Door-to-door service and Saturday mail delivery, long hallmarks of the U.S.
Postal Service, are a step closer to being phased out.
The House Oversight and Government Reform Committee on Wednesday approved a measure that would end front-door delivery to 37 million residences and businesses and Saturday mail service to over 150million homes and businesses.
Ending door-to-door delivery -- which would force millions to get mail at curbside boxes or neighborhood cluster boxes by 2022 -- would save up to $4.5 billion annually, said Rep. Darrell Issa, R-Calif. Ending Saturday service -- a proposal that was met with widespread criticism when it was first proposed in 2012 -- could save $2 billion a year.
"A balanced approach to saving the Postal Service means allowing USPS to adapt to America's changing use of mail," said Issa, who sponsored the bill and chairs the committee. "Done right, these reforms can improve the customer experience through a more efficient Postal Service."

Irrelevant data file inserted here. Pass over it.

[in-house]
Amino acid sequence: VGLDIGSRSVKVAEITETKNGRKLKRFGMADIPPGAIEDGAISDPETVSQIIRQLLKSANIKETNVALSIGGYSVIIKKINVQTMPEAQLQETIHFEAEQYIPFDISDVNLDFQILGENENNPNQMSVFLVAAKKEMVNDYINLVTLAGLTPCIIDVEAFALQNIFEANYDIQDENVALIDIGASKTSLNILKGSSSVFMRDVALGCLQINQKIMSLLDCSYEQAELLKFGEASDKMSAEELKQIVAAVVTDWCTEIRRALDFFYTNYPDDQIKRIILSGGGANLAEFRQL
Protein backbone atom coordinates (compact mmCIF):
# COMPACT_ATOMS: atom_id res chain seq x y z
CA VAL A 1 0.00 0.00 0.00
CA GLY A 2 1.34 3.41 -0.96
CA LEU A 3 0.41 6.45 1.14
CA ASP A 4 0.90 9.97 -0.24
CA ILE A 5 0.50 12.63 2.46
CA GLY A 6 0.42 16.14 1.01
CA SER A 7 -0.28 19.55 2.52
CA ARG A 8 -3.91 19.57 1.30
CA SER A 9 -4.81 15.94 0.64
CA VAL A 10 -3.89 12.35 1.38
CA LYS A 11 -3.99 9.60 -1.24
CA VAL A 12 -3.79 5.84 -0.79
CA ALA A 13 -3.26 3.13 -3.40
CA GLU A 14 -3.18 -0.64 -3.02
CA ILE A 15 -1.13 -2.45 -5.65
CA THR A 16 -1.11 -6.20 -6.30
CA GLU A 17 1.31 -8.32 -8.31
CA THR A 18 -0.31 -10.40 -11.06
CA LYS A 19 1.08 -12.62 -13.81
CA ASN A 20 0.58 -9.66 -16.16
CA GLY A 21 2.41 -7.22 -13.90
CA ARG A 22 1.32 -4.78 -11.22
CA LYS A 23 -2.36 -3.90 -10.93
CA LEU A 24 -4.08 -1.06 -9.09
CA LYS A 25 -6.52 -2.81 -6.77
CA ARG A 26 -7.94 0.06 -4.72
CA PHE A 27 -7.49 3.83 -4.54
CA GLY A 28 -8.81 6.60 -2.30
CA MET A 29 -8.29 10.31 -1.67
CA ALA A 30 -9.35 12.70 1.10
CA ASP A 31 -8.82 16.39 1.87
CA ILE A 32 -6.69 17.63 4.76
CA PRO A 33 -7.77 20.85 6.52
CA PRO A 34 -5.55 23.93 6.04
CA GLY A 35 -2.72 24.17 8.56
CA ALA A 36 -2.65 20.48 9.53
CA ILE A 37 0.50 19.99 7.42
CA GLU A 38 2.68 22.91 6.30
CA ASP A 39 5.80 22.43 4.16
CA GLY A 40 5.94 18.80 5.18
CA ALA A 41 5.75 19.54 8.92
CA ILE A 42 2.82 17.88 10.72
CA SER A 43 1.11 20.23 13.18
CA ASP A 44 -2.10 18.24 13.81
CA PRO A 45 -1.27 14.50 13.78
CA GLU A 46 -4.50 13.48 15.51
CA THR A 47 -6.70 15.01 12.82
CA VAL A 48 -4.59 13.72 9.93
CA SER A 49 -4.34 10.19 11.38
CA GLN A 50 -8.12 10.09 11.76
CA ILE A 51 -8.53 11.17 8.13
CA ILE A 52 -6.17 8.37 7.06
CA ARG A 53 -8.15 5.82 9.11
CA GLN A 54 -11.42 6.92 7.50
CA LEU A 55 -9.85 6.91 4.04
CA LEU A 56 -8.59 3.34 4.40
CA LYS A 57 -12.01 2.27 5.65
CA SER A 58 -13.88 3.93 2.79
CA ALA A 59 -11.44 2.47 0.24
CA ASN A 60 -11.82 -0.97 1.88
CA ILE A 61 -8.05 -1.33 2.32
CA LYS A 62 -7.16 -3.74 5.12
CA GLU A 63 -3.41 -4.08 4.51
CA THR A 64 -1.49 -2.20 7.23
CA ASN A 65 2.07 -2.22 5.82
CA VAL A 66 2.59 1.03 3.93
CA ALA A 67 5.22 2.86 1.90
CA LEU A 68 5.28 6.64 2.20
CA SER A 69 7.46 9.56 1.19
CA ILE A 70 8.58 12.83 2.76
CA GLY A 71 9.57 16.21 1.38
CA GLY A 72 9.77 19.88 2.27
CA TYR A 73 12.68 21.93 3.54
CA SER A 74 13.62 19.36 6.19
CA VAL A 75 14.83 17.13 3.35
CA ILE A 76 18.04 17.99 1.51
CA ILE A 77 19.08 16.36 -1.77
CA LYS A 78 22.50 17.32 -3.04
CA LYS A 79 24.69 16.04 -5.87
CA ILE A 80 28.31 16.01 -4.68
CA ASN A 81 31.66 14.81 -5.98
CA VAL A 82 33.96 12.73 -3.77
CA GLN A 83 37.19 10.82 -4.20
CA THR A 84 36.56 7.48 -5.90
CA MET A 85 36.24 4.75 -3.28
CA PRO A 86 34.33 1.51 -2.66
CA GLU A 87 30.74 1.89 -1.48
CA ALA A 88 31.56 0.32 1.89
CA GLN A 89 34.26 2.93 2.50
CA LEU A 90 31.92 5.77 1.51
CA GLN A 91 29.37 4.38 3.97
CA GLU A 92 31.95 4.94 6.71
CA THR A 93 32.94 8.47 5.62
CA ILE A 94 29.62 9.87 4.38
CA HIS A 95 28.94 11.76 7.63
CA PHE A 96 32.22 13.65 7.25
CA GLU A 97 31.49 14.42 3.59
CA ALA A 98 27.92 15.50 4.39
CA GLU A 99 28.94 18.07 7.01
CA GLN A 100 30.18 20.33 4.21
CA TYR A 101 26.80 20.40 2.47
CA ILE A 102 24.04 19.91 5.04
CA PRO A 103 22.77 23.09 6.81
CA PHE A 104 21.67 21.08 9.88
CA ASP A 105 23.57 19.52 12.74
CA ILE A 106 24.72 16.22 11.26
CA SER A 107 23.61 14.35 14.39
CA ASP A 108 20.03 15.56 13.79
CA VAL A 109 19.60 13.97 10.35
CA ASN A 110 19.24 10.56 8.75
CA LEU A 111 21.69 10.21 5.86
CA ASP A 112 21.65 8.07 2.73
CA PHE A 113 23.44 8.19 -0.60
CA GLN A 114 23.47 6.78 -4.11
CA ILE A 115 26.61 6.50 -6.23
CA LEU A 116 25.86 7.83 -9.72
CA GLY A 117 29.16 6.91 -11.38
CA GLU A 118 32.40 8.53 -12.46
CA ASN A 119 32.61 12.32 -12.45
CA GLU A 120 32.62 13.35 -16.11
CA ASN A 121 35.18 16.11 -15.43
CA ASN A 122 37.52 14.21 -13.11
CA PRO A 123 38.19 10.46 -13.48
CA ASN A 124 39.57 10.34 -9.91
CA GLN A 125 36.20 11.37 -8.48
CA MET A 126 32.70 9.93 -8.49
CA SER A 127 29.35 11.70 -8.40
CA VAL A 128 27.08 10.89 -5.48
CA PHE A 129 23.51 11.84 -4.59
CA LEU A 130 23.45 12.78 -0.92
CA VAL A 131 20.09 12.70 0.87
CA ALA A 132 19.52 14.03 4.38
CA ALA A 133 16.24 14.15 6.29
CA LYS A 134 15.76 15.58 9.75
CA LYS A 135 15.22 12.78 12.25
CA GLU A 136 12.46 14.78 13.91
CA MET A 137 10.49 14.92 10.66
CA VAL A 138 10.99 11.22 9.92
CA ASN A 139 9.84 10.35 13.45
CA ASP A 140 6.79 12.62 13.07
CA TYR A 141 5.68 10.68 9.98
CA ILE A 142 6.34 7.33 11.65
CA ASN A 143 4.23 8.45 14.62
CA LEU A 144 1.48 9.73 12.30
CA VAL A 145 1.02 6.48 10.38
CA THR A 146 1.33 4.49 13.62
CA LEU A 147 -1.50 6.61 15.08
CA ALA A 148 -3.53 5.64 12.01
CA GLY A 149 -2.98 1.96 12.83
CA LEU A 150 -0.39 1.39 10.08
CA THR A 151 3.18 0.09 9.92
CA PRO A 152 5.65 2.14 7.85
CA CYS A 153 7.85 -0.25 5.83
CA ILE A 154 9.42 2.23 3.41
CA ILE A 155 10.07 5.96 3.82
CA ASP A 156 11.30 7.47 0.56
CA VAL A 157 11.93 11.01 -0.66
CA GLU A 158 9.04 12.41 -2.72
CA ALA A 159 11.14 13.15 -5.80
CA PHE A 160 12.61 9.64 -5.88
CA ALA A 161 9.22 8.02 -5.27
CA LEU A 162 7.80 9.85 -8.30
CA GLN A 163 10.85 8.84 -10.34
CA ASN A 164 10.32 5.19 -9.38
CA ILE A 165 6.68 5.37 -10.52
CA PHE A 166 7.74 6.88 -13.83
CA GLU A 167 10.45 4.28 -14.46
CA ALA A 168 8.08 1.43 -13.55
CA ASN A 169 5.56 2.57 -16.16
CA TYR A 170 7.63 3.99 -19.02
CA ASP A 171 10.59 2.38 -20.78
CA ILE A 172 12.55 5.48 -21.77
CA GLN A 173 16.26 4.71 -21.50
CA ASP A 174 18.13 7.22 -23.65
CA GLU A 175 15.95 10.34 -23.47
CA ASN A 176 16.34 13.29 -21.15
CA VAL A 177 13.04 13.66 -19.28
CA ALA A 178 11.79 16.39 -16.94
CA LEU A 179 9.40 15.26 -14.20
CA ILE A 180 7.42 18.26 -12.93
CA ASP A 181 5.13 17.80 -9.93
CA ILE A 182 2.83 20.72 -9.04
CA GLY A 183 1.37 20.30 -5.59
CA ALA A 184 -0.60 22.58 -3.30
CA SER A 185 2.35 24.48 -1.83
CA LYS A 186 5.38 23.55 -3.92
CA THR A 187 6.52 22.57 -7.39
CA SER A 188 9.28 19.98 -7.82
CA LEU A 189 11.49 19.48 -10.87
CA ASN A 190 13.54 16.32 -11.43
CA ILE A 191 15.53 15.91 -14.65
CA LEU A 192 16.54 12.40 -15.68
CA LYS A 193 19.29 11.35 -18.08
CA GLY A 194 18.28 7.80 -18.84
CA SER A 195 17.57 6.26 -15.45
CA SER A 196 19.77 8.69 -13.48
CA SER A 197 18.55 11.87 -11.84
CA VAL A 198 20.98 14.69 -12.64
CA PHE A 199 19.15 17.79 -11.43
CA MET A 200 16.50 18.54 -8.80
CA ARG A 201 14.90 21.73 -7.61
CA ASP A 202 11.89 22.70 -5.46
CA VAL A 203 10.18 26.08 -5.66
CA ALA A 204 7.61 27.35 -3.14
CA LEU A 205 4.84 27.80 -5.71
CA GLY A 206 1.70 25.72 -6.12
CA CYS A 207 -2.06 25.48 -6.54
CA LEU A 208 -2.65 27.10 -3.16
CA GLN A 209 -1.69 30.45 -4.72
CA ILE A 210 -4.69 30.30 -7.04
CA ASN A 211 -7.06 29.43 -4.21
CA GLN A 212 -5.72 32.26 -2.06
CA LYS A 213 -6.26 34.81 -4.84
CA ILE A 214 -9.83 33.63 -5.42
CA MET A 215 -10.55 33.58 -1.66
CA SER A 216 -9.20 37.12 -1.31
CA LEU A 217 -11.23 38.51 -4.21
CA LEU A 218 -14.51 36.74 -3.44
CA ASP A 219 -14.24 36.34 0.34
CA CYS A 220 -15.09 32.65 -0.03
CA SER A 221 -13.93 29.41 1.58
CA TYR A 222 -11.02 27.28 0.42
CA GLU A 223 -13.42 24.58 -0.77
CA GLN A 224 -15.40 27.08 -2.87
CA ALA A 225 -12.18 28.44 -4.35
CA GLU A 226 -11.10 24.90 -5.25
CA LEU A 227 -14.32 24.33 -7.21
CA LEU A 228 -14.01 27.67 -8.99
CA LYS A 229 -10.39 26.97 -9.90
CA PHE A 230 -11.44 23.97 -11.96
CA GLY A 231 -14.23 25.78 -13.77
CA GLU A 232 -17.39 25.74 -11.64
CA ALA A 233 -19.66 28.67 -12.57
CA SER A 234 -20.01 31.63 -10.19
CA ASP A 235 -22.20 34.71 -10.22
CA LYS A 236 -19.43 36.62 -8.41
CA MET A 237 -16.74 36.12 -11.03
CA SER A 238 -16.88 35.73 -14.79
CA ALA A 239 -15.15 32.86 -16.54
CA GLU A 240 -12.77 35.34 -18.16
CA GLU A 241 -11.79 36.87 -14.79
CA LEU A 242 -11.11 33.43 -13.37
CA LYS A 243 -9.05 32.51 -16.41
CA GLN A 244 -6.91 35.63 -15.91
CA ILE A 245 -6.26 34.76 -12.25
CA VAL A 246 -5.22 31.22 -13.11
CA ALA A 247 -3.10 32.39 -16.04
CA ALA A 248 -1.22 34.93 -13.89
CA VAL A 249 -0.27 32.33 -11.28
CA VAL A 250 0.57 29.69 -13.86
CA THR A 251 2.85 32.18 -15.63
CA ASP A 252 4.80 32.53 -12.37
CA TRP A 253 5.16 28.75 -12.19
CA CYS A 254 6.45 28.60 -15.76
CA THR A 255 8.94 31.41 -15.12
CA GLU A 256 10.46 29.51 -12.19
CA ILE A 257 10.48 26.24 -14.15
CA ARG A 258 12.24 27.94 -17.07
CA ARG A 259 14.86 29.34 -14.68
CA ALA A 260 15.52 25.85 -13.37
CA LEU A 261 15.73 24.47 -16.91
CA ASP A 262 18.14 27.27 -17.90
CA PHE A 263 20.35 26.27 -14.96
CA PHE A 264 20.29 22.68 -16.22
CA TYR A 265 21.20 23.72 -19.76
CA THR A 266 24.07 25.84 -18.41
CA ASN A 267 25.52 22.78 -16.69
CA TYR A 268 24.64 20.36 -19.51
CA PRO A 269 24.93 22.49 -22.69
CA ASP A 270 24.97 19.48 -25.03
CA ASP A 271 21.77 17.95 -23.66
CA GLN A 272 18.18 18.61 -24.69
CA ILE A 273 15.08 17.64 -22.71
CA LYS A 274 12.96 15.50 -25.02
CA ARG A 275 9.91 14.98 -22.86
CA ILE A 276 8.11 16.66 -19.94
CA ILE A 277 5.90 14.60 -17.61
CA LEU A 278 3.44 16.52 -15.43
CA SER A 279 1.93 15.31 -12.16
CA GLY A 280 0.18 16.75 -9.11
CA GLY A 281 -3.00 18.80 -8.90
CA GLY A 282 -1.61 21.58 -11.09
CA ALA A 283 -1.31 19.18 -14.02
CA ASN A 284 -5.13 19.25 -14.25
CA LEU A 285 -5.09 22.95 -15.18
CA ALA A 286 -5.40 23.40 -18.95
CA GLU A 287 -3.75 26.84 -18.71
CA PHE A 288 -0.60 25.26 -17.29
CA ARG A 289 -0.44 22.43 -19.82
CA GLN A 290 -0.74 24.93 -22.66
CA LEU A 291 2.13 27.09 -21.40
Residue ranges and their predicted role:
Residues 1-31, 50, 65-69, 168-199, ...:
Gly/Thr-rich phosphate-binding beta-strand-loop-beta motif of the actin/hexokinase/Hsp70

The legislation would permit free door-to-door deliveries for hardship exemptions and allow others to continue receiving deliveries for small, unspecified fees. Saturday package deliveries of medicines and other items would continue.
The bill was approved on a party-line vote, with 22 Republicans supporting it and 17 Democrats opposed.
Issa said the legislation, which still must pass the full House of Representatives and Senate, would enable the cash-strapped Postal Service to continue providing adequate service and meet expenses.
The Postal Service doesn't receive federal money but does get congressional oversight. Mail deliveries are down nearly 25% since a 2006 peak, and the agency is required to prepay future retiree health benefits. The Postal Service lost $15.9billion in 2012 and more than $3.1billion in the first two fiscal quarters of 2013.
Postmaster General Patrick Donahoe said his agency will evaluate the legislation to determine whether it meets a $20billion savings goal by 2017. Donahoe previously supported ending Saturday service, but that decision was scuttled in April.
Mail delivery costs about $30billion annually. Door-to-door delivery costs an average $353 per drop a year, vs. $224 for curbside service and $160 for cluster boxes, which are being used in new subdivisions, shopping malls and business parks.
The National Letter Carriers Association has opposed both an end to six-day mail service and door-to-door delivery.
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